ReSharper Platform SDK Help

Code Inspections

A central feature of ReSharper and Rider is to show Code Inspections for potential quality issues, common practices and improvements, code redundancies, and other inspection categories. Such code inspections are further classified by severity levels, which determine how the code is underlined in the editor.

Code Inspection

You can provide new code inspections by implementing:

  • IHighlighting – an interface containing all the necessary data to show code inspections (and to enable quick-fixes)

  • ElementProblemAnalyzer – a component that gets called by the SDK to analyze syntax trees and find highlightings


The IHighlighting interface requires to implement 4 members, which return data specific to an individual occurrence of an inspection in code:

  • ToolTip and ErrorStripeToolTip are the strings that are shown while hovering the inspection in the editor or the stripes on the right-hand side of the editor

  • IsValid() determines whether the data connected with the inspection are still valid (usually PSI elements or text ranges)

  • CalculateRange() returns the range in the document where the inspection should be shown

Static and Configurable Severities

Independent of an individual IHighlighting instance, the SDK requires general information about the inspection type, which is provided through the StaticSeverityHighlightingAttribute or ConfigurableSeverityHighlightingAttribute. As the names suggest, one is for highlightings with static severities and the other to let users change them:

  • ConfigurableSeverityId is a unique inspection identifier used for severity configuration and suppression through comments

  • Languages defines the languages (C#, ...) for which the inspection is intended

  • OverlapResolve defines the policy when two inspections overlap

  • OverloadResolvePriority defines the priority when two inspections with the same overlap policy and range collide

If you've applied the ConfigurableSeverityHighlightingAttribute, you also need to add the RegisterConfigurableSeverity with the following information:

  • Group should reference a well-known identifier from HighlightingGroupIds (but you can also define your own group)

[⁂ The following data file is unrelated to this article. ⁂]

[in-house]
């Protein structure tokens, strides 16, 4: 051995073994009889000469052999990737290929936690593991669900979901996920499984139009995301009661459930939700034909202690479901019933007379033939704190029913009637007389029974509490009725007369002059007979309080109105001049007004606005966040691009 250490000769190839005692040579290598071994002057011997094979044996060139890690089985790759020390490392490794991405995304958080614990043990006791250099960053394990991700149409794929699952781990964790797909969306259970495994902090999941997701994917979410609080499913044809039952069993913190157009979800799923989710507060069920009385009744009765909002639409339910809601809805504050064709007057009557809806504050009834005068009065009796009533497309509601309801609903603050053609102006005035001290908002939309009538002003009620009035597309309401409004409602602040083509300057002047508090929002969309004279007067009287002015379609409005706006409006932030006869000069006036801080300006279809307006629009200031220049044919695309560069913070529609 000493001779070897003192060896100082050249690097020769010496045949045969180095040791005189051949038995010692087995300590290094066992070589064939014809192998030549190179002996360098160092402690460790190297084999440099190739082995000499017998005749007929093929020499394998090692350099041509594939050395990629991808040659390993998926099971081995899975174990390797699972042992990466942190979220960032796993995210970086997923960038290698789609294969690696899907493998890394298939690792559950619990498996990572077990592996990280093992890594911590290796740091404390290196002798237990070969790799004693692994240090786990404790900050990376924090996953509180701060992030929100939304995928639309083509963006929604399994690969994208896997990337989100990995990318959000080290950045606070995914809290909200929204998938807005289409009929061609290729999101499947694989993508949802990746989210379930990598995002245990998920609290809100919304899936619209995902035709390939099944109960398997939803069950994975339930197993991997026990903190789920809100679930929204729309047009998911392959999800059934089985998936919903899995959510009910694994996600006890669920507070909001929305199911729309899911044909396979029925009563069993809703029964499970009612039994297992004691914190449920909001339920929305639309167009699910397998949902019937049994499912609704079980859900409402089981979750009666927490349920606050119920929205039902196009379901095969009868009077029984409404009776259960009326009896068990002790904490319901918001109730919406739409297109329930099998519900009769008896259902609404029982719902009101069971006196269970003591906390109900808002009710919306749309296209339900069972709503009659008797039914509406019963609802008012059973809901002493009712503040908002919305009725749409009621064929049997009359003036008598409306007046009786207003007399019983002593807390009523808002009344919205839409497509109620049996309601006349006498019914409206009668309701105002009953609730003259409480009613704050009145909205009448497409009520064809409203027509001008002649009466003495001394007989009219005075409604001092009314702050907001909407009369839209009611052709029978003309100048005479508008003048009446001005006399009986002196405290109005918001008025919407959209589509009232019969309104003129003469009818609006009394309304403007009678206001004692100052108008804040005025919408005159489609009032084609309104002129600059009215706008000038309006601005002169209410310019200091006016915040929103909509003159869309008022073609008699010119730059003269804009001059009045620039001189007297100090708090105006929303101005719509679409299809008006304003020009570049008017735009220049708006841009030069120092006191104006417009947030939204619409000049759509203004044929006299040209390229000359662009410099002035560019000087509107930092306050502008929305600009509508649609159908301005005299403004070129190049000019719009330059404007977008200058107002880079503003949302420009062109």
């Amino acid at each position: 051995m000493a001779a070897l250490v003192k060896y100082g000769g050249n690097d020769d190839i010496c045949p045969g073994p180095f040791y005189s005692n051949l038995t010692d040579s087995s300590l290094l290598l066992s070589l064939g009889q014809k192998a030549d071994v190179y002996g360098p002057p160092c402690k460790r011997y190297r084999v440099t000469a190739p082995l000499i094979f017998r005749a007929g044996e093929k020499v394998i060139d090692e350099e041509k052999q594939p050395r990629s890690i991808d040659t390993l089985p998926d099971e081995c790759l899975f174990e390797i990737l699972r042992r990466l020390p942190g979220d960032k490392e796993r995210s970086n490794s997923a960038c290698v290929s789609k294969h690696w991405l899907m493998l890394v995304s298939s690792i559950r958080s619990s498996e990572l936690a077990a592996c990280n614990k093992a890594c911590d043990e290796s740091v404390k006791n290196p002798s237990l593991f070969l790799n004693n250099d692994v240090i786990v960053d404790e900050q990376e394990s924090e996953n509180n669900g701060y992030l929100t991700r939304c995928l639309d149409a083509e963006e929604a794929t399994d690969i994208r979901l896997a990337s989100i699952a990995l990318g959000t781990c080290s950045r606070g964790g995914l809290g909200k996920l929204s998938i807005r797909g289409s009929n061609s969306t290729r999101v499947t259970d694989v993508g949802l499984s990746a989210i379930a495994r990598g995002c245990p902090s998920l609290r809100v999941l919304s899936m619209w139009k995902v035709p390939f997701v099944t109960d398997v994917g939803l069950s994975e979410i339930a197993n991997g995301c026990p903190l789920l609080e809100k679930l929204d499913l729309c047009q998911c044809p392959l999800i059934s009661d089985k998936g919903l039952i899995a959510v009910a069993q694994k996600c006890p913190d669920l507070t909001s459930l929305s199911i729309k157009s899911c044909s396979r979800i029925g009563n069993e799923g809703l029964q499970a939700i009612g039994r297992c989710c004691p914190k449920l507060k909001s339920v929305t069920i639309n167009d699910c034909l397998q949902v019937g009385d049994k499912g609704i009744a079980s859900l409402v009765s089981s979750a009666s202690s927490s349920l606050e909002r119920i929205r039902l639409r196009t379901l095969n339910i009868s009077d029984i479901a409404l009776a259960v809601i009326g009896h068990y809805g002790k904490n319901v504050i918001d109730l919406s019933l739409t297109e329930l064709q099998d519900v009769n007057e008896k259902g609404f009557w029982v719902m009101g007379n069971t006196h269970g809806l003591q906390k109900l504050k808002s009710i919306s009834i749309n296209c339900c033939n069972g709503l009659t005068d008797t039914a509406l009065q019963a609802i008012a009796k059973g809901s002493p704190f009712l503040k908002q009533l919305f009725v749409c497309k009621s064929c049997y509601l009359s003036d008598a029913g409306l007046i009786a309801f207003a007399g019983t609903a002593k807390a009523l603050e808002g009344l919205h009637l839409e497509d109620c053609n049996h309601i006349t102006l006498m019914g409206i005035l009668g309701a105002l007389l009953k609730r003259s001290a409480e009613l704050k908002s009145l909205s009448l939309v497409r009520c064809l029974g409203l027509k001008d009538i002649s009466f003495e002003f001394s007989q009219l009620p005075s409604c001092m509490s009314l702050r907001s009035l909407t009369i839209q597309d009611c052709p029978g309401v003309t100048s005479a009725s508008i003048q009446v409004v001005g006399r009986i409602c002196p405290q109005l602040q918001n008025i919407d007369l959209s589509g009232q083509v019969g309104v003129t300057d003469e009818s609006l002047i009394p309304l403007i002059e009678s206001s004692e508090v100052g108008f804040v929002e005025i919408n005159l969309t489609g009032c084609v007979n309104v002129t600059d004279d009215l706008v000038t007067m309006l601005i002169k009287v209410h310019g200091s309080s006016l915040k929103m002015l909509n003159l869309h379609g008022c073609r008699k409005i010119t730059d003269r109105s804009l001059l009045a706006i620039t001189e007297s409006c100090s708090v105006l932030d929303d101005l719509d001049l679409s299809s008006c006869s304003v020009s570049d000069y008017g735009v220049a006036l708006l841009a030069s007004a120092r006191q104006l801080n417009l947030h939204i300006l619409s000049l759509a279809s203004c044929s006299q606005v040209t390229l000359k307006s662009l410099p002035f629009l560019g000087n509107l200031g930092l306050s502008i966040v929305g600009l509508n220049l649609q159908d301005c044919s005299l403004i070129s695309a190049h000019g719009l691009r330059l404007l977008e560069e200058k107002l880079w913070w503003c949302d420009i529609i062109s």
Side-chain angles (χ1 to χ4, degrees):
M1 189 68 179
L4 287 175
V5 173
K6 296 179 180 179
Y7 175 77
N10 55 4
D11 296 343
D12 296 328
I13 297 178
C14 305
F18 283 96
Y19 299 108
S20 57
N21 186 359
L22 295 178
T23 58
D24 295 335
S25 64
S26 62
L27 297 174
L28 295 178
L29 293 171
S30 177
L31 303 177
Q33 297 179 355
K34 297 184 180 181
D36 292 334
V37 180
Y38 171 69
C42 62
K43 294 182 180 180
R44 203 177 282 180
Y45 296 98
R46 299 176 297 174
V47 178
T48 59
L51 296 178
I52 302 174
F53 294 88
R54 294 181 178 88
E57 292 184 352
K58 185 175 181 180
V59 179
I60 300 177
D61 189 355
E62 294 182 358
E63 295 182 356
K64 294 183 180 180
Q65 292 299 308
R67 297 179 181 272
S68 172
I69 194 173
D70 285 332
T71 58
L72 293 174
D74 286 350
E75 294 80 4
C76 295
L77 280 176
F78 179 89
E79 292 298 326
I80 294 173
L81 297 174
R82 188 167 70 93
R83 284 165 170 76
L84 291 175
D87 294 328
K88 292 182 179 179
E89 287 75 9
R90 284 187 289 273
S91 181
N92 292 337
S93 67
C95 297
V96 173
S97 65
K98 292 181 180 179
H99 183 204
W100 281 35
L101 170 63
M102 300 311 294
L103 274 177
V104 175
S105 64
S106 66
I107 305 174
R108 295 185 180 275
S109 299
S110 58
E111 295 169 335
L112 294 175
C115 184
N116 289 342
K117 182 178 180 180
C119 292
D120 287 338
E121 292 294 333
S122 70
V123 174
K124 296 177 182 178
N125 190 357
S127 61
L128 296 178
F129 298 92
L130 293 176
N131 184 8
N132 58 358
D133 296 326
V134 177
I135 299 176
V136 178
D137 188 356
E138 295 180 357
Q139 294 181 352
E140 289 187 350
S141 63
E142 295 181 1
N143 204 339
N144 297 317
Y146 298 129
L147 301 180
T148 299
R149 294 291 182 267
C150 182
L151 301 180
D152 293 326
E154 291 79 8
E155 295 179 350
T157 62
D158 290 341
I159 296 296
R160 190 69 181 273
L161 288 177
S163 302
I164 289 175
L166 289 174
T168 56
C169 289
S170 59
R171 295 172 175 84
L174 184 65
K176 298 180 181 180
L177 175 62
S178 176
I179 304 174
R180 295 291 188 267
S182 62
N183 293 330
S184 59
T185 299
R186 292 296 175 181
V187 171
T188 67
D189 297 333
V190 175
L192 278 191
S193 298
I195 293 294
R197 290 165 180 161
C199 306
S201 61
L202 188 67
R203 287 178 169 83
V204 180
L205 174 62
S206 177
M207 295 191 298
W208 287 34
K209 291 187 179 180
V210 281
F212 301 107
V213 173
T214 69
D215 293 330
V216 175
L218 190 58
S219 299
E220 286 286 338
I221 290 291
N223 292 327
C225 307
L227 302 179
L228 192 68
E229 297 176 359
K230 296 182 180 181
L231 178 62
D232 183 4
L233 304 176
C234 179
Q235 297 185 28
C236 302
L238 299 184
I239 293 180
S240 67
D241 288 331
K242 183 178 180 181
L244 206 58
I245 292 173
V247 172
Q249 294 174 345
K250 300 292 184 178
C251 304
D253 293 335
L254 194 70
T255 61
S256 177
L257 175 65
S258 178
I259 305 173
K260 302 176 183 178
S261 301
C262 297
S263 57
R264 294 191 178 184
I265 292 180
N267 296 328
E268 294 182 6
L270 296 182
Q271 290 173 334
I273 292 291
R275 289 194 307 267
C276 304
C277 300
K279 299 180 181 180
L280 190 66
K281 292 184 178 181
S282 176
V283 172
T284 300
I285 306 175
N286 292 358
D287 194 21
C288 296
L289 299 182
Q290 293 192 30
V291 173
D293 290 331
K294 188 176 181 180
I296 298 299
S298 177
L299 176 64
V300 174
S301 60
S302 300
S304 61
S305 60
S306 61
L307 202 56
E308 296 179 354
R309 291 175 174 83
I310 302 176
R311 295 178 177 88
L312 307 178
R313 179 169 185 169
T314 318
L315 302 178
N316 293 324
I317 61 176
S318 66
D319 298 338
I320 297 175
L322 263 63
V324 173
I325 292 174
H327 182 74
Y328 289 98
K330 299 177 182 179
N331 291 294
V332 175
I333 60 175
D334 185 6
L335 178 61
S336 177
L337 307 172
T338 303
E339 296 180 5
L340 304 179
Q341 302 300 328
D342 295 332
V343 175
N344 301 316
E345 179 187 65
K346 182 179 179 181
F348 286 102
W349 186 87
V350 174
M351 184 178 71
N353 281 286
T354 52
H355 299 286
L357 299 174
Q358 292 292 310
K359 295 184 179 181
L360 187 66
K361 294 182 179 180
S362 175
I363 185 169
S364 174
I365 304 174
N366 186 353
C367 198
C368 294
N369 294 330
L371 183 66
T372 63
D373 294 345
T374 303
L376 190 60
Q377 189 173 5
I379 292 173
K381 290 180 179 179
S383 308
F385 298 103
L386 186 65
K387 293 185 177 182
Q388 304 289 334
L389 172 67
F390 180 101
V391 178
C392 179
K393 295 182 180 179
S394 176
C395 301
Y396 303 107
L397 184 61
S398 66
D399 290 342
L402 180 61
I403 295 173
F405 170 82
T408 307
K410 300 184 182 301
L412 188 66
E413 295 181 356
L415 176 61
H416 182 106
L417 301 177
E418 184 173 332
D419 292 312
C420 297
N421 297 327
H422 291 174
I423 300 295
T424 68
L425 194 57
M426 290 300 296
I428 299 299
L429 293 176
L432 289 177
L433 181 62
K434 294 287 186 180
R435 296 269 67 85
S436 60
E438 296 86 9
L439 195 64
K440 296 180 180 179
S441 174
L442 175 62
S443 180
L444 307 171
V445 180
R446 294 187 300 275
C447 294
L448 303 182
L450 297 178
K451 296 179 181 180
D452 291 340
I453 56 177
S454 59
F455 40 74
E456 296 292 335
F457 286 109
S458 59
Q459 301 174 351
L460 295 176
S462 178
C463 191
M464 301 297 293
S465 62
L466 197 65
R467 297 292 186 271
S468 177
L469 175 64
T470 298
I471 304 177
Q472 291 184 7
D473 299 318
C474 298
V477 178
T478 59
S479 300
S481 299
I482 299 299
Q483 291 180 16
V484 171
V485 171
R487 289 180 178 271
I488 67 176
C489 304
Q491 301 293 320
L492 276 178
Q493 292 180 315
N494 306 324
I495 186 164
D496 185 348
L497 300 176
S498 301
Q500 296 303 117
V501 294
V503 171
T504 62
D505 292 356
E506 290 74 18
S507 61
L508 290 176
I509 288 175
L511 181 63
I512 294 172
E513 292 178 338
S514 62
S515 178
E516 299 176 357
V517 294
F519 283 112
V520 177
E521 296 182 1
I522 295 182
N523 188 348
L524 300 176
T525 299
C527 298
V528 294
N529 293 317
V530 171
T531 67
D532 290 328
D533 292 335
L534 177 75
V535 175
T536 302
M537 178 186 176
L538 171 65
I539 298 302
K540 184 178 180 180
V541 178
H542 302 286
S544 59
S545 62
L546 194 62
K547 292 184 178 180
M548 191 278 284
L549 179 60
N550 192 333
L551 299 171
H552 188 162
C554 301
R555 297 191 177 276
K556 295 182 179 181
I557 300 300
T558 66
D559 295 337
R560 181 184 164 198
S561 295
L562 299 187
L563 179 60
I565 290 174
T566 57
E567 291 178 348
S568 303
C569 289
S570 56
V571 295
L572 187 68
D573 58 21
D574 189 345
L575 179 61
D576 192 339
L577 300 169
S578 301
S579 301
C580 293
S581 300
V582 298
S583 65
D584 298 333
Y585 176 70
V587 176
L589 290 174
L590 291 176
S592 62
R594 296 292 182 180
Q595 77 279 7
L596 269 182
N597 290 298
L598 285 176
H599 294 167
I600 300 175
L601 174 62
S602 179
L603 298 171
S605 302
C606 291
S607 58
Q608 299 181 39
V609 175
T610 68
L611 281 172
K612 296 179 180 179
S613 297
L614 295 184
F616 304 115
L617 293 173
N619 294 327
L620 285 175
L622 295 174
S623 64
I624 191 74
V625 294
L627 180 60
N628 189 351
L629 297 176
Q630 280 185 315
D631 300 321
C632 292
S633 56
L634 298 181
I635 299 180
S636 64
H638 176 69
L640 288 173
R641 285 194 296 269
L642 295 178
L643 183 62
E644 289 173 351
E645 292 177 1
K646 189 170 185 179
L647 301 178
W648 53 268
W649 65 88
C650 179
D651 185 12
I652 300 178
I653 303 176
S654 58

• DefaultSeverity is the pre-configured severity level of the inspection

  • Title* represents the searchable title and is shown in the list of all inspections

  • Description* is shown in the bottom field when the inspection is selected


The ElementProblemAnalyzer<T> component is responsible to examine all syntax trees in the solution and to create highlightings accordingly. The generic parameter T is used to constrain the elements on which the analyzer should run, e.g., with ICSharpDeclaration, it is only called for types and members. The Run is invoked by the SDK with the following parameters:

  • T element is the start element from where the syntax tree is analyzed

  • ElementProblemAnalyzerData provides additional context about the analysis

    • Solution and File for the analyzed element

    • SettingsStore for checking settings that influence the highlighting (except severity)

    • ThrowIfInterrupted() should be called in more complex analyzers

  • IHighlightingConsumer is used to pass created highlightings out of the analyzer, usually AddHighlighting

To allow the SDK working with the analyzer, it must be marked with the ElementProblemAnalyzerAttribute and include the following information:

  • ElementTypes are the ITreeNode abstractions on which the analyzer is called; usually this is the same as T, but an analyzer can also implement the non-generic IElementProblemAnalyzer

  • HighlightingTypes enumerates all highlighting types that are generated by the analyzer

Sample Implementation


[RegisterConfigurableSeverity( SeverityId, CompoundItemName: null, Group: HighlightingGroupIds.CodeSmell, Title: Message, Description: Description, DefaultSeverity: Severity.WARNING)] [ConfigurableSeverityHighlighting( SeverityId, CSharpLanguage.Name, OverlapResolve = OverlapResolveKind.ERROR, OverloadResolvePriority = 0, // Appears in solution-wide analysis ToolTipFormatString = Message)] public class SampleDeclarationHighlighting : IHighlighting { // Appears in suppression comments public const string SeverityId = "SampleDeclarationInspection"; // Appears in settings public const string Message = $"ReSharper SDK: {nameof(SampleDeclarationHighlighting)}.{nameof(Message)}"; public const string Description = $"ReSharper SDK: {nameof(SampleDeclarationHighlighting)}.{nameof(Description)}"; public SampleDeclarationHighlighting(ICSharpDeclaration declaration) { Declaration = declaration; } // Used for IsValid and quick-fixes public ICSharpDeclaration Declaration { get; } public bool IsValid() => Declaration.IsValid(); public DocumentRange CalculateRange() => Declaration.NameIdentifier.NotNull().GetHighlightingRange(); // Appears in editor public string ToolTip => $"ReSharper SDK: {nameof(SampleDeclarationHighlighting)}.{nameof(Message)}"; // Appears in scrollbar public string ErrorStripeToolTip => $"ReSharper SDK: {nameof(SampleDeclarationHighlighting)}.{nameof(ErrorStripeToolTip)}"; }


[ElementProblemAnalyzer( typeof(ICSharpDeclaration), // Allows to disable the problem analyzer if code inspection is disabled HighlightingTypes = new[] { typeof(SampleDeclarationHighlighting) })] public class SampleDeclarationProblemAnalyzer : ElementProblemAnalyzer<ICSharpDeclaration> { protected override void Run( ICSharpDeclaration element, ElementProblemAnalyzerData data, IHighlightingConsumer consumer) { if (element.NameIdentifier?.Name.All(char.IsUpper) ?? true) return; consumer.AddHighlighting(new SampleDeclarationHighlighting(element)); } }
Last modified: 20 April 2023